|"TOP STORIES" FROM THE ILRI
WEBSITE: Last updated 19 August 2008; Posted 22 July 2008|
Better lives through livestock
|Conversion of pastures to croplands is big climate change threat|
|New study results are warning that the conversion of pasturelands to croplands will be the major contributor to global warming in east Africa.|
Climate change is a real and
current threat to households and communities already struggling to survive
in east Africa. Global climate modelling results indicate that the region
will experience wetter and warmer conditions as well as decreases in
agricultural productivity. However, results just released by the Climate
Land Interaction Project (CLIP) forecast that there will be a high degree
of variability within the region with some areas becoming wetter and
others drier. This research provides evidence of the complex connection
between regional changes in climate and changes in land cover and land
use. The results forecast the conversion of vast amounts of land from
grasslands to croplands over the next 40 years, with serious consequences
for the environment.
CLIP researchers, together with the Kenyan Ministry of Environment and Mineral Resources, organised a workshop to present CLIP modelling results to key decision-makers in Kenya. The workshop, held in Nairobi, highlighted the policy and technical implications and options for climate change adaptations in Kenya.
CLIP researcher and professor at MSU, Jeffrey
Andresen, warns that the erosion of east African grazing lands is a major
threat facing Kenya and other east African countries. 'Results of
running these models indicate that the greatest amount of contribution to
global warming in the east Africa region is not going to be motor vehicles
or methane emissions from livestock or conversions of forests to pastures
but rather conversion of pasturelands to croplands’ says
Projected climate and land use
changes in northern Kenya
Simulation models predict that areas in the remote northeast around Wajir, for example, will have greater vegetation cover and become much bushier than at present. Grazing lands are already scarce and the increasing encroachment of bush into grazing areas will create further problems for livestock keepers.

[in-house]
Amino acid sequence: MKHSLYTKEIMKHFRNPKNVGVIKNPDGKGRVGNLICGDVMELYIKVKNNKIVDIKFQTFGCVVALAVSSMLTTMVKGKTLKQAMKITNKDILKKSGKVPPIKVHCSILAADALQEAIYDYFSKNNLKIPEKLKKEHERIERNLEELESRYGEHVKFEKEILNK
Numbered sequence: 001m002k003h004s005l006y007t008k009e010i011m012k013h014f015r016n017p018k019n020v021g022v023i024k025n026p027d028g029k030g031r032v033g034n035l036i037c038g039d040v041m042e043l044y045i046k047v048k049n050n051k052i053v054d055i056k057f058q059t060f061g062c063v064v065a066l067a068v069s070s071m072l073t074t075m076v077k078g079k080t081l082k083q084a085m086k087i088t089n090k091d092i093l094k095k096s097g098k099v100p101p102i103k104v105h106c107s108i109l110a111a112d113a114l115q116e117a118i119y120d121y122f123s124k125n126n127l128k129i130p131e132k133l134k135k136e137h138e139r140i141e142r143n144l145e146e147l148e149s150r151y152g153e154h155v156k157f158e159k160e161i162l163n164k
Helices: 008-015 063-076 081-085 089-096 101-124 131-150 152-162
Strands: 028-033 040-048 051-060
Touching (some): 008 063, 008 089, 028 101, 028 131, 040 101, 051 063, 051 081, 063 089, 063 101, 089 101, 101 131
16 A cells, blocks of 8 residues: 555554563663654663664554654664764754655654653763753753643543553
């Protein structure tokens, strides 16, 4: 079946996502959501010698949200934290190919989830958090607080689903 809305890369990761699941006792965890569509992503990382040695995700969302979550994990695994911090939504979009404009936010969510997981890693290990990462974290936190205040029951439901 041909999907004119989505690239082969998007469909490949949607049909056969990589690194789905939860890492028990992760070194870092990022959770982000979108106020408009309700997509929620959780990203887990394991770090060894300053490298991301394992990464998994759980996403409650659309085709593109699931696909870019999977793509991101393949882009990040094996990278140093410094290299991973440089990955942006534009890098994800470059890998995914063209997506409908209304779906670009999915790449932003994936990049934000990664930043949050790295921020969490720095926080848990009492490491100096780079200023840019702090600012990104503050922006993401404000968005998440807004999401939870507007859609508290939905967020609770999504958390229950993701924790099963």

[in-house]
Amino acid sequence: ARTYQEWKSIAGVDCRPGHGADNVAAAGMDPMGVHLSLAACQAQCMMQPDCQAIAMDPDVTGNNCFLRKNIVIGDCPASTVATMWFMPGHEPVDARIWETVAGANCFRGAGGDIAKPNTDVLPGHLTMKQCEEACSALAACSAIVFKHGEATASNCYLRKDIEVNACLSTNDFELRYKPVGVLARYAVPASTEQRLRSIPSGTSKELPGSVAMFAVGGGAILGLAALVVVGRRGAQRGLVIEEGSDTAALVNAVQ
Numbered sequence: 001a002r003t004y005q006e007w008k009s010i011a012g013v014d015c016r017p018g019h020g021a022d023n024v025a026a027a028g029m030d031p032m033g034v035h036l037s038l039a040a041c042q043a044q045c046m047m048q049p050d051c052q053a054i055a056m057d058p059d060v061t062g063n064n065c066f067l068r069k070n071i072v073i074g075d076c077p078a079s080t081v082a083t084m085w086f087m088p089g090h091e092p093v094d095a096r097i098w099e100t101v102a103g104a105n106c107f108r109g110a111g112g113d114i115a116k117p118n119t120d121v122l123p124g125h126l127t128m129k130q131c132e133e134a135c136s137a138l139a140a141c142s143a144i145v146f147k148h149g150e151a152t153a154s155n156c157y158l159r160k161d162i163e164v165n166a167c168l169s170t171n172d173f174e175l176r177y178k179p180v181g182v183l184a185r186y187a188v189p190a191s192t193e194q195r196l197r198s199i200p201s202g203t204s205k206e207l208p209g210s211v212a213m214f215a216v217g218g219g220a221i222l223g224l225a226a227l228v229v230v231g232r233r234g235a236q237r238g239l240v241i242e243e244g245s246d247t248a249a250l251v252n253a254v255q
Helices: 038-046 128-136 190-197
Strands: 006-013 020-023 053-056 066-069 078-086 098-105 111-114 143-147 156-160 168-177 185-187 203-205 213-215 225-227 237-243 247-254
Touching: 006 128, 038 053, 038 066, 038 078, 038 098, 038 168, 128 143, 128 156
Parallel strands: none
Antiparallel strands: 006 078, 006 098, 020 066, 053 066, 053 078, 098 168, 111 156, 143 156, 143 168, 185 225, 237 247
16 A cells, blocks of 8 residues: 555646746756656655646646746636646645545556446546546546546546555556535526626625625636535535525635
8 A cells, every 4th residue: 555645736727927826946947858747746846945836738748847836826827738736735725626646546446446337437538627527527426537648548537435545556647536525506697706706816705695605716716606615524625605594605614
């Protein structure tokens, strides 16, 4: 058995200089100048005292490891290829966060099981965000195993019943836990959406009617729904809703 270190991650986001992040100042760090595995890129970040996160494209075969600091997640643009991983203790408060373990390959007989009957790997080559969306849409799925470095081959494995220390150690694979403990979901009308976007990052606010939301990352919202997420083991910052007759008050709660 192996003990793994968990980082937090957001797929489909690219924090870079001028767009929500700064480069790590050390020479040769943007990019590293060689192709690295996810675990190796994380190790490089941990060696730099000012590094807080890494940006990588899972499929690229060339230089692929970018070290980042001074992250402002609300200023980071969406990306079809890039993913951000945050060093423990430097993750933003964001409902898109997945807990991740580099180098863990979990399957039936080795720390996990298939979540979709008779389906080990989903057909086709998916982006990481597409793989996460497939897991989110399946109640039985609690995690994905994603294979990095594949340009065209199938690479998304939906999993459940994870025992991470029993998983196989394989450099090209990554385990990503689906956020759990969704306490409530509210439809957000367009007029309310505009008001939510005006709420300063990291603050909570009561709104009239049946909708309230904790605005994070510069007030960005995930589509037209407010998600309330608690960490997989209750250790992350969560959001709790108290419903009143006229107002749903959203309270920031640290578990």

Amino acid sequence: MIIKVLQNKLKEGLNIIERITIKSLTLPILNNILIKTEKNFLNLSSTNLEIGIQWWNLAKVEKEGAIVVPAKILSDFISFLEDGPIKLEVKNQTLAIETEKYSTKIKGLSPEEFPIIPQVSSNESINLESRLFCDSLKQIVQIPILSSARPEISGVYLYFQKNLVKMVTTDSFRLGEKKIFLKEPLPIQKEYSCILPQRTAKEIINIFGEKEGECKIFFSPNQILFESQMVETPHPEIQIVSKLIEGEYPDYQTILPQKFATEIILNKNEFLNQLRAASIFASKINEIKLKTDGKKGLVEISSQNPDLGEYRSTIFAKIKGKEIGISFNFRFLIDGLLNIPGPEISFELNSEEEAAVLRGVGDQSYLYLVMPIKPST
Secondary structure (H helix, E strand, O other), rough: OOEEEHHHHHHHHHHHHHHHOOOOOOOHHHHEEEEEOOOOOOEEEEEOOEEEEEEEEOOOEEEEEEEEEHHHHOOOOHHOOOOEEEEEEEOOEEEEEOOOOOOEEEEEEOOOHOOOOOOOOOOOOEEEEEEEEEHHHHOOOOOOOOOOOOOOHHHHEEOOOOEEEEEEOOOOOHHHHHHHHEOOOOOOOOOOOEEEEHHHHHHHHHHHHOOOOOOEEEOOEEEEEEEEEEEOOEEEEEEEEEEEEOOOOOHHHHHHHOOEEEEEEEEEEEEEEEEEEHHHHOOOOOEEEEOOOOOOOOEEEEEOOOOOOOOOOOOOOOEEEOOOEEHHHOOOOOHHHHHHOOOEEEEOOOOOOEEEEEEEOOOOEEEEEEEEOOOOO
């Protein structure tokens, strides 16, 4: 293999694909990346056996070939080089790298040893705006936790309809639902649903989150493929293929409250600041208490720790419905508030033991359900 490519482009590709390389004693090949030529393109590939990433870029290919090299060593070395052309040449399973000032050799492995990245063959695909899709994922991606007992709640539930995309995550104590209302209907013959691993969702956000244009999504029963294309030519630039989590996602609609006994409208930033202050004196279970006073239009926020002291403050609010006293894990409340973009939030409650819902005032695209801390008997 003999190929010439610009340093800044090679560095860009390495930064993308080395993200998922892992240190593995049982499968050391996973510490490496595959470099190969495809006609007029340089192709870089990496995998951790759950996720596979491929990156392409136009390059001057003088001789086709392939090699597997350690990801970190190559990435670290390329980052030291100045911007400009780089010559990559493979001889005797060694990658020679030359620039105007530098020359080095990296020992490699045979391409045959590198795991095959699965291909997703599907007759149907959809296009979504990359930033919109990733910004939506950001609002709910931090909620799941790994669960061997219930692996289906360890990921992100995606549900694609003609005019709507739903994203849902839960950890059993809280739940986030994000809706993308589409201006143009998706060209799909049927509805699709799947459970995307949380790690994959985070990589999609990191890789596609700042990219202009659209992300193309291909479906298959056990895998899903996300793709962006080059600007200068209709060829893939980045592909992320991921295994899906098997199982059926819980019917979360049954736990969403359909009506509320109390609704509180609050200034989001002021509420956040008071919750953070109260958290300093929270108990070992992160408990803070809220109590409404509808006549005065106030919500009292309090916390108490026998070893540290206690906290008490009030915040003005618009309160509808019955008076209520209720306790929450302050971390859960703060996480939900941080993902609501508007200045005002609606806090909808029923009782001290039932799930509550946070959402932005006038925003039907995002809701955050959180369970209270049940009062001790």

The quantity and quality of water will also be affected by the forecast changes in rainfall patterns and temperature regimes. These changes will not only affect water availability for humans and livestock but also accelerate the rate of vegetation change in different and opposite ways for different places. The ratio of tall to short grass species and closed to open vegetation, for example, depend partially on soil moisture content. It is likely that the anticipated climatic changes will greatly alter the grass ratios and these changes will then exert adverse effects on feed resources for livestock and significantly modify herd composition. In addition, traditional land management interventions, such as the use of fires and overgrazing may increase the scale, intensity and speed of these impacts.
CLIP researcher and ILRI scientist, Joseph Mworia Maitima concludes ‘Many millions of Kenyans already face severe poverty and constraints in pursuing a livelihood. But, with these projected increasing environmental stresses, they are going to become even more vulnerable.
‘It’s crucial that we now start talking about the technical and policy implications and come up with options that will help the poor adapt.’
|- ENDS -|
|For media enquiries, please contact:|
LIVESTOCK RESEARCH INSTITUTE|
Research in animal agriculture to reduce hunger, poverty and environmental degradation in developing countries.
Box 30709, 00100 Nairobi, Kenya Phone +254 (20) 422-3000 Fax +254 (20) 422-3001 Email ILRI-Kenya@cgiar.org Web http://www.ilri.org/